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Nalanda University was established in November 2010. The University came into being by a special Act of the Indian Parliament – a testimony to the important status that Nalanda University occupies in the Indian intellectual landscape. Nalanda is a stand alone international university unlike any other established in the country. Located in the town of Rajgir, in the northern Indian state of Bihar, Nalanda University is mandated to be "an international institution for the pursuit of intellectual, philosophical, historical and spiritual studies". This new university contains within it a memory of the ancient Nalnda University and is premised on the shared desire of member States of the East Asia Summit countries to re-discover and re-strengthen "educational co-operation by tapping the East Asia Regions centres of excellence in education…[and] to improve regional understanding and the appreciation of one another's heritage and history"(The Nalanda University Act).



Nalanda University has been designated as an "institution of national importance".  The particular emphasis of this university, an emphasis which sets it apart from all other existant universities in the region, is its foundational philosophy. This philosophy seeks to recover the lost connections and partnerships that existed in the region called Asia, before the onset of historical forces that led to their dissolution. Asian cultures have many such links that go deep into the past and are reflected in many common cultural features. The re-discovery of inter-Asian linkages in recent times has led to a resurgence in discovering and building upon a shared history. Nalanda University is envisaged as an icon of this new Asian renaissance: a creative space that will be for future generations a centre of inter- civilizational dialogue.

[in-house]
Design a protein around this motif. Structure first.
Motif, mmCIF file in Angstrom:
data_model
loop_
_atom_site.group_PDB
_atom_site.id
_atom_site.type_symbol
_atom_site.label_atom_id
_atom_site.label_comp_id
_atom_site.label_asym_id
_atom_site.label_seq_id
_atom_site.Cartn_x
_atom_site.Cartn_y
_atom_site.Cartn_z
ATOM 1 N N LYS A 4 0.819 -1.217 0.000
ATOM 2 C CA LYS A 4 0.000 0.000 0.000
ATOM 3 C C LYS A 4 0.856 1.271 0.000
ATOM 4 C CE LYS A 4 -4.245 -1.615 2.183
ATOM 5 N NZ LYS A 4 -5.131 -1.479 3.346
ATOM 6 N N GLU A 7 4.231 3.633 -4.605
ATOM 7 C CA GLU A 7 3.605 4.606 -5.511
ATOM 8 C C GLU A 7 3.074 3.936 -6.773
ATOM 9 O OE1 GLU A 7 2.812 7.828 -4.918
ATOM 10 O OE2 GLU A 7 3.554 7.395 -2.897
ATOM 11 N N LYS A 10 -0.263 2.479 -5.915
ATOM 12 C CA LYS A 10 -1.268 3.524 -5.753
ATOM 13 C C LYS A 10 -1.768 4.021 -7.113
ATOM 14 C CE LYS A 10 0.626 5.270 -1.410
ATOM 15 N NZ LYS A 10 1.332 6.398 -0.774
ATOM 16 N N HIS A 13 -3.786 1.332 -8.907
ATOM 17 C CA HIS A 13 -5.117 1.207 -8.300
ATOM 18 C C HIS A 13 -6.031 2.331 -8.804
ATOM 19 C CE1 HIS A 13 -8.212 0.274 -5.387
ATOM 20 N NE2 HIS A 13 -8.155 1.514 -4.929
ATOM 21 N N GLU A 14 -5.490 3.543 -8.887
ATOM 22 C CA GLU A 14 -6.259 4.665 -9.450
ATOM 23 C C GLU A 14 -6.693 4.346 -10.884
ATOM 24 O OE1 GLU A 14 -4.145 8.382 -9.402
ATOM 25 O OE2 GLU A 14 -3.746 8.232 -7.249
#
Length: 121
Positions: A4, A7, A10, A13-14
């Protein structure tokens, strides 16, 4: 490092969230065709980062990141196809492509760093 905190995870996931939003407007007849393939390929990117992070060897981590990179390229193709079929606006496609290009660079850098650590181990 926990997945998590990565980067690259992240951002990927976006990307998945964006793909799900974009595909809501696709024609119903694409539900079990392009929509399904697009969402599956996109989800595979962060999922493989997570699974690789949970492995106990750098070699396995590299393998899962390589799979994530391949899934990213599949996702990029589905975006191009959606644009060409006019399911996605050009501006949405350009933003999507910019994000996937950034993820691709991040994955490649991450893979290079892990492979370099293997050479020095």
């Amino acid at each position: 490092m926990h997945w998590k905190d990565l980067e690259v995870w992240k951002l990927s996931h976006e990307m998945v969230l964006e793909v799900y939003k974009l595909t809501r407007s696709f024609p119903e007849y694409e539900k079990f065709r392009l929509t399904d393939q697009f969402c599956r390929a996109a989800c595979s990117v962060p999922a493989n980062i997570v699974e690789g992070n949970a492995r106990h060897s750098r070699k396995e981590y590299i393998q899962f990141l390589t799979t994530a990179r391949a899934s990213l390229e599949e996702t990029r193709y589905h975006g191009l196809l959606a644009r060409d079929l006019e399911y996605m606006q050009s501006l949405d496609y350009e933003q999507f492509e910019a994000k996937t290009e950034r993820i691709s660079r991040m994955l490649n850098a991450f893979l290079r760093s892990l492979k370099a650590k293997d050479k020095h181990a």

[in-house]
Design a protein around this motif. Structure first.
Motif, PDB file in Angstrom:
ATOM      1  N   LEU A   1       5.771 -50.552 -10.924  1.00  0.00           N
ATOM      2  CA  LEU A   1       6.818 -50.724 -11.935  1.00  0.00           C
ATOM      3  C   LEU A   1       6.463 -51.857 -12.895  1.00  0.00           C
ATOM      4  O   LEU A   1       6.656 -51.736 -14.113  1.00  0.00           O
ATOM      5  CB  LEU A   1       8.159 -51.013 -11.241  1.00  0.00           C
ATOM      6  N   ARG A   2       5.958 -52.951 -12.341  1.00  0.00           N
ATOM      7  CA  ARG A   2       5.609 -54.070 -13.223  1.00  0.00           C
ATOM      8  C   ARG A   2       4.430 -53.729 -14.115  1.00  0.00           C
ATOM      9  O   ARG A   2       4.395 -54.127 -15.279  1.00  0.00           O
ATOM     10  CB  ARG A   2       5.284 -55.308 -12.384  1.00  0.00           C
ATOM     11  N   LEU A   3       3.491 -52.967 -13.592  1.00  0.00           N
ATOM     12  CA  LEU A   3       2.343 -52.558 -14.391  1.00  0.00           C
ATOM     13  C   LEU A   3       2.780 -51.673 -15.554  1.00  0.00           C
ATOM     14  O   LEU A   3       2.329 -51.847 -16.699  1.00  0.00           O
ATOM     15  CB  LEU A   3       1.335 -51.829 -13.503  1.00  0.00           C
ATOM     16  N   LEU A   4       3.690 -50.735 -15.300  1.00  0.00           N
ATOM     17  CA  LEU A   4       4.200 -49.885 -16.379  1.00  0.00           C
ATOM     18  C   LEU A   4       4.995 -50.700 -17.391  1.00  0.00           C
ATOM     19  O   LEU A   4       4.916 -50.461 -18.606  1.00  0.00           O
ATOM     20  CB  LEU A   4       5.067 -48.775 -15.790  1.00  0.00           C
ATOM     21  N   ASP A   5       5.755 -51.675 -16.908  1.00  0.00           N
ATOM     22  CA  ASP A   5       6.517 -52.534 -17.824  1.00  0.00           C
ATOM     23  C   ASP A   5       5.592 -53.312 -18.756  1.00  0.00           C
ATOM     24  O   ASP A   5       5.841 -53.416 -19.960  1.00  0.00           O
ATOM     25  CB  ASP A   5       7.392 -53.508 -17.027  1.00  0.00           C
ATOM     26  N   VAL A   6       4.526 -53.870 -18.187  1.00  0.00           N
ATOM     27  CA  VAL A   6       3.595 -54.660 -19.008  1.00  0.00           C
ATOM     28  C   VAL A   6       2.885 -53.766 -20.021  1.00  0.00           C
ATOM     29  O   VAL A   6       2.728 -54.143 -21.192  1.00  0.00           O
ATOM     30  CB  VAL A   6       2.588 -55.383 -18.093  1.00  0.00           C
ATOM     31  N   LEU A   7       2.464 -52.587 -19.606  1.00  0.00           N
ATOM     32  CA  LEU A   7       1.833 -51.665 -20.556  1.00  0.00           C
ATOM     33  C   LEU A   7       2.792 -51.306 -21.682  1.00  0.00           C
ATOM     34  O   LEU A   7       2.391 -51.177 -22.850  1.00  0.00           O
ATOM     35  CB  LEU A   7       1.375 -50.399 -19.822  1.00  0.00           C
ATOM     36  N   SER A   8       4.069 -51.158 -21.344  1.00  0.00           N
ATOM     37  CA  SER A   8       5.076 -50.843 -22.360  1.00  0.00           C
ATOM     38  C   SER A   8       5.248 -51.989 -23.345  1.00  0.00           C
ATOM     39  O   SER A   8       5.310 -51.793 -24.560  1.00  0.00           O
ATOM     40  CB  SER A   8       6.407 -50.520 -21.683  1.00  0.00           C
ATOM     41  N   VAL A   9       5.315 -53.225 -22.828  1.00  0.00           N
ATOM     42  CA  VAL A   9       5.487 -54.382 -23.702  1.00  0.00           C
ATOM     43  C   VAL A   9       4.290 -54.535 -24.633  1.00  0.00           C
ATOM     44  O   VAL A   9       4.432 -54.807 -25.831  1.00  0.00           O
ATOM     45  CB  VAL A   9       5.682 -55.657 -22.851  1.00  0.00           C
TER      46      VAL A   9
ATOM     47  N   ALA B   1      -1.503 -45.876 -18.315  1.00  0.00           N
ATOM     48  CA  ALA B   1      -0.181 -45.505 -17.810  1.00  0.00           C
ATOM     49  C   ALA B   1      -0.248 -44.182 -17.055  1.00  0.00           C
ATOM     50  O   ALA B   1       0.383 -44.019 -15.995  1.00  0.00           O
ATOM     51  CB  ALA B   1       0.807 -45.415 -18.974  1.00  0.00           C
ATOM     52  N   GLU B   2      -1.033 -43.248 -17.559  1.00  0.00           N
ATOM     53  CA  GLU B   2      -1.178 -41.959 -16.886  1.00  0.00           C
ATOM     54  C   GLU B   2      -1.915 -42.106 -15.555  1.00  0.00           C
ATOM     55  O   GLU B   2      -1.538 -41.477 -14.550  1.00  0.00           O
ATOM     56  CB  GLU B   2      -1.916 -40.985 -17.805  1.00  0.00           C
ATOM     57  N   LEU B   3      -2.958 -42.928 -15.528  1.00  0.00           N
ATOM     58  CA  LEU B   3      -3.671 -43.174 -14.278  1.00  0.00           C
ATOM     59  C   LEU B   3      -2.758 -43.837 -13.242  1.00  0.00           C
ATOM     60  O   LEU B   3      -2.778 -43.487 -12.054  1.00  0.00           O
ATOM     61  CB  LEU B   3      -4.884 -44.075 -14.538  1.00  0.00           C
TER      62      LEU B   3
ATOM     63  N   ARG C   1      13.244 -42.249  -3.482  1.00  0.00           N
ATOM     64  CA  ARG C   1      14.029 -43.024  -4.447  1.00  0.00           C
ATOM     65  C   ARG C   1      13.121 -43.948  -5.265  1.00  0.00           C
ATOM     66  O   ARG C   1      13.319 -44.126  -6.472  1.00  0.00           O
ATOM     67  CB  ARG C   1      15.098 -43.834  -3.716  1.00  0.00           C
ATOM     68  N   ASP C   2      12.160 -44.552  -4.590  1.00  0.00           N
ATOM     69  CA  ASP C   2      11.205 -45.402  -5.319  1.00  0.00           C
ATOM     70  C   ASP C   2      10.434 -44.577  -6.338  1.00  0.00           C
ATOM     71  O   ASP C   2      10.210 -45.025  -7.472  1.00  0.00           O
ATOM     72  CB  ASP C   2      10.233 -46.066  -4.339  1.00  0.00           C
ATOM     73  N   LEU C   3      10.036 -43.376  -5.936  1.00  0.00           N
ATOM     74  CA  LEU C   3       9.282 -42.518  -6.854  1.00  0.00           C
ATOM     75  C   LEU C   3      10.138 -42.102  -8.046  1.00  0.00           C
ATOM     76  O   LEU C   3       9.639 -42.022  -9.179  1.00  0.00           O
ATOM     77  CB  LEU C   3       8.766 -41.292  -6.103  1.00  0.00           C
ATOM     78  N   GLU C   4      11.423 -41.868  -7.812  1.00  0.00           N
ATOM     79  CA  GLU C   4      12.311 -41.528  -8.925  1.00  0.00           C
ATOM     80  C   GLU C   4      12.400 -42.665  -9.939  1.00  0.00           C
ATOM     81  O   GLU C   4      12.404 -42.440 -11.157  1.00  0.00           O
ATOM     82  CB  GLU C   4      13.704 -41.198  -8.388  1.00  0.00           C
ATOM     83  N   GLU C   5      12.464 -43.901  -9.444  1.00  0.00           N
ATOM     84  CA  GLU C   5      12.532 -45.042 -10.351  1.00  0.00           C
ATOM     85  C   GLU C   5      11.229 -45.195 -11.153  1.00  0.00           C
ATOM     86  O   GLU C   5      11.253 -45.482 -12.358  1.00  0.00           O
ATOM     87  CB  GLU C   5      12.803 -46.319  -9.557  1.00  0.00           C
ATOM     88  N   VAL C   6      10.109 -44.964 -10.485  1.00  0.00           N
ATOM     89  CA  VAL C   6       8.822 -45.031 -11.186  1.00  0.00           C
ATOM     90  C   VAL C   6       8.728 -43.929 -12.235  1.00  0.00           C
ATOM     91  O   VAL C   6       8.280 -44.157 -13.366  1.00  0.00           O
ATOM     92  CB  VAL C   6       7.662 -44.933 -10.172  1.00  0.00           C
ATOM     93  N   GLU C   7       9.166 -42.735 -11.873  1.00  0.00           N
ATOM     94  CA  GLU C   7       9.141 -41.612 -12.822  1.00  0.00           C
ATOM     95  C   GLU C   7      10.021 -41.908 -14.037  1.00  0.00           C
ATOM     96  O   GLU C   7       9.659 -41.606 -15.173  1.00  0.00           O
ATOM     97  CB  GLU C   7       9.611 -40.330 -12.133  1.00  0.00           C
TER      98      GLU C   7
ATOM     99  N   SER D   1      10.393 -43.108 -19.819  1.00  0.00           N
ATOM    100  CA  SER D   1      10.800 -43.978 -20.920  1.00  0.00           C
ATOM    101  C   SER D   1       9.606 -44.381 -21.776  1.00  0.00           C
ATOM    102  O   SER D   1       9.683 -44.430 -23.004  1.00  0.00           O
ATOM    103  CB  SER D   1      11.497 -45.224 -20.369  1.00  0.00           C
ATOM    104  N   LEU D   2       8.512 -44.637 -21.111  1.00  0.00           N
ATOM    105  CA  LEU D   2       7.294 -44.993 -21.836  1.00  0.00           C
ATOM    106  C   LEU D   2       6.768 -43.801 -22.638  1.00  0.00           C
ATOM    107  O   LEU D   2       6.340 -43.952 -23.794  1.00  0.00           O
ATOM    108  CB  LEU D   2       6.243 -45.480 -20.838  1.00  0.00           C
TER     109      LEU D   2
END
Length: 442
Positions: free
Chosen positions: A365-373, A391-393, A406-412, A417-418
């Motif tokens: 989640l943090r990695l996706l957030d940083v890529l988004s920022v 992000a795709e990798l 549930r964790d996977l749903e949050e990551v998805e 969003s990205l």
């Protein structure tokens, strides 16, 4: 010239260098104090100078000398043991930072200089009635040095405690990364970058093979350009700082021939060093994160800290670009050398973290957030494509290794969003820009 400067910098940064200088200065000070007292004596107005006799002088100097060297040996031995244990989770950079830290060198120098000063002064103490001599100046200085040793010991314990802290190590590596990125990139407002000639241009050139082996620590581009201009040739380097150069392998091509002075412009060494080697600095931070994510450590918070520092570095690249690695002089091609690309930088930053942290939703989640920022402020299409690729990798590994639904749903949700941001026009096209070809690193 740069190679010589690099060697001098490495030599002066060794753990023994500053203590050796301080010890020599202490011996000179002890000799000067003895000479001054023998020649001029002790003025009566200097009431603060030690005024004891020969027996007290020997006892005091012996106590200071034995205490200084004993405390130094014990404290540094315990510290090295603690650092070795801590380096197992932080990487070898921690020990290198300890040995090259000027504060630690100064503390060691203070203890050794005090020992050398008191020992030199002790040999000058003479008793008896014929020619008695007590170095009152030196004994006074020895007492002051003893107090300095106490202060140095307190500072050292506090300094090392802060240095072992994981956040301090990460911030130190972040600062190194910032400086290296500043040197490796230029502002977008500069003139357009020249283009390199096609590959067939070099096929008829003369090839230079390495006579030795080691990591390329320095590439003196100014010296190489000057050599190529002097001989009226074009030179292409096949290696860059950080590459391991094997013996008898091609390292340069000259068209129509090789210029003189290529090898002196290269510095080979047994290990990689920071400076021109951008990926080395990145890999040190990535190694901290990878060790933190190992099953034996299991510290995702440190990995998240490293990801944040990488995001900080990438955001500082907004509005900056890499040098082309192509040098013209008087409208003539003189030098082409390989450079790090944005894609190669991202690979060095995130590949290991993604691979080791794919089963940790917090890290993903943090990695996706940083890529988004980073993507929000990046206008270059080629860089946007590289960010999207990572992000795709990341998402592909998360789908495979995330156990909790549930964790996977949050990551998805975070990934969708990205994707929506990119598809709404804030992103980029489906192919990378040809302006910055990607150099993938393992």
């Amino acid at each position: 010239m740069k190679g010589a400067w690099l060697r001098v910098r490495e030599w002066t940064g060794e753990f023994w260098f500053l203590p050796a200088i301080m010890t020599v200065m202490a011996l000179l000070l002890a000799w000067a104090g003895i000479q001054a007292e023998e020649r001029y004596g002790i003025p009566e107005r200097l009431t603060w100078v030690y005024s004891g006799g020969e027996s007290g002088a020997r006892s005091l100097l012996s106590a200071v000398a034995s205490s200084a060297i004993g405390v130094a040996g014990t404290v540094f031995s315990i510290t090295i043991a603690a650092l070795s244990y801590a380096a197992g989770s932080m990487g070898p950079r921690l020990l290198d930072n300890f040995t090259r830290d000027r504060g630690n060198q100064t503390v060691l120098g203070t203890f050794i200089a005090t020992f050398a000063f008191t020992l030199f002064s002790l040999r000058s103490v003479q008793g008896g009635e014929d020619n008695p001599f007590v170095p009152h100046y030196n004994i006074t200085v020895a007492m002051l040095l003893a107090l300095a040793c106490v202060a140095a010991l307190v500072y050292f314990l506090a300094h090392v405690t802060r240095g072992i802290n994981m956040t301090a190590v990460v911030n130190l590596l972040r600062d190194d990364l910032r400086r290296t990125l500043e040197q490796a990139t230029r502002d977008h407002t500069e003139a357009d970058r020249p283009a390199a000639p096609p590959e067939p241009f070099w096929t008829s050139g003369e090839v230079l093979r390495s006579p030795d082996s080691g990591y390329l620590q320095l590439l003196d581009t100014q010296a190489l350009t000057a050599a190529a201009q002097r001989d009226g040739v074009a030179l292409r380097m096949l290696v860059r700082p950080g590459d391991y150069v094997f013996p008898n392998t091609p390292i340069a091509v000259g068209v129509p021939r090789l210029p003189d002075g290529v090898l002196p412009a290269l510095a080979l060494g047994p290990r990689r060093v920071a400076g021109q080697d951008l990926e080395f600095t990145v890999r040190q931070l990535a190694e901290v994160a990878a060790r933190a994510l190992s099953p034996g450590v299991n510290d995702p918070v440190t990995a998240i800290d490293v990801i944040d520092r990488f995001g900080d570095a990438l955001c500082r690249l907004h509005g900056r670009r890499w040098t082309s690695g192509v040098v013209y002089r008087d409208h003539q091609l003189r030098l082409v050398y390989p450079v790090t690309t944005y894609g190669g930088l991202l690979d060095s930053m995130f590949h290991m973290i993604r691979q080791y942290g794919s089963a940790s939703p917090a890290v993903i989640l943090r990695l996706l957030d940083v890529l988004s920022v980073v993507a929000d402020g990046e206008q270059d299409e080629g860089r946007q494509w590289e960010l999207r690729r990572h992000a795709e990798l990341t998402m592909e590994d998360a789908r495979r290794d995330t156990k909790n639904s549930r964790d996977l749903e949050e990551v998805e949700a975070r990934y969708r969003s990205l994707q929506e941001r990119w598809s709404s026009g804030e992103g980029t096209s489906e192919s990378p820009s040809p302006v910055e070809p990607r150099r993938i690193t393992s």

Nalanda's Revival

Eight hundred years after the destruction of Nalanda, former President of India Dr. A.P.J. Abdul Kalam, while addressing the Bihar State Legislative Assembly, in March 2006 mooted the idea of  reviving the university.  In his speech he envisaged it as a university that would revive the glory of the ancient  seat of learning.    

The State Government of Bihar quickly adopted the visionary idea and consulted the Government of India on the way ahead. It also began its search for a suitable location for the new Nalanda University.  It identified and acquired 450 acres of land for the University in Rajgir¸ Bihar.

The establishment of this University was marked by a high degree of cooperation by the State of Bihar and the Government of India. They set out to find the best minds they could put together to deliberate upon the form and structure of the new University and the international co-operation and partnership which would govern the establishment of the University. The team that was formed to oversee this project in June 2007, was termed the Nalanda Mentor Group and was chaired by Nobel Laureate, Professor Amartya Sen.  This Group is now the first Governing Board of the University.


Since the hallmark of the ancient Nalanda was its internationalism, the Government of India decided to share this proposal with the leaders of the East Asia Summit ('EAS').  The proposal was first shared with the sixteen members States of the EAS at the Cebu Summit in Philippines in January 2007.  The Member  States welcomed the regional initiative for the revival of Nalanda University. At the fourth Summit held in October 2009, at Hua Hin, Thailand, members supported the establishment of the Nalanda University and encouraged regional networking and collaboration between the University and existing centres of excellence in East Asia. 


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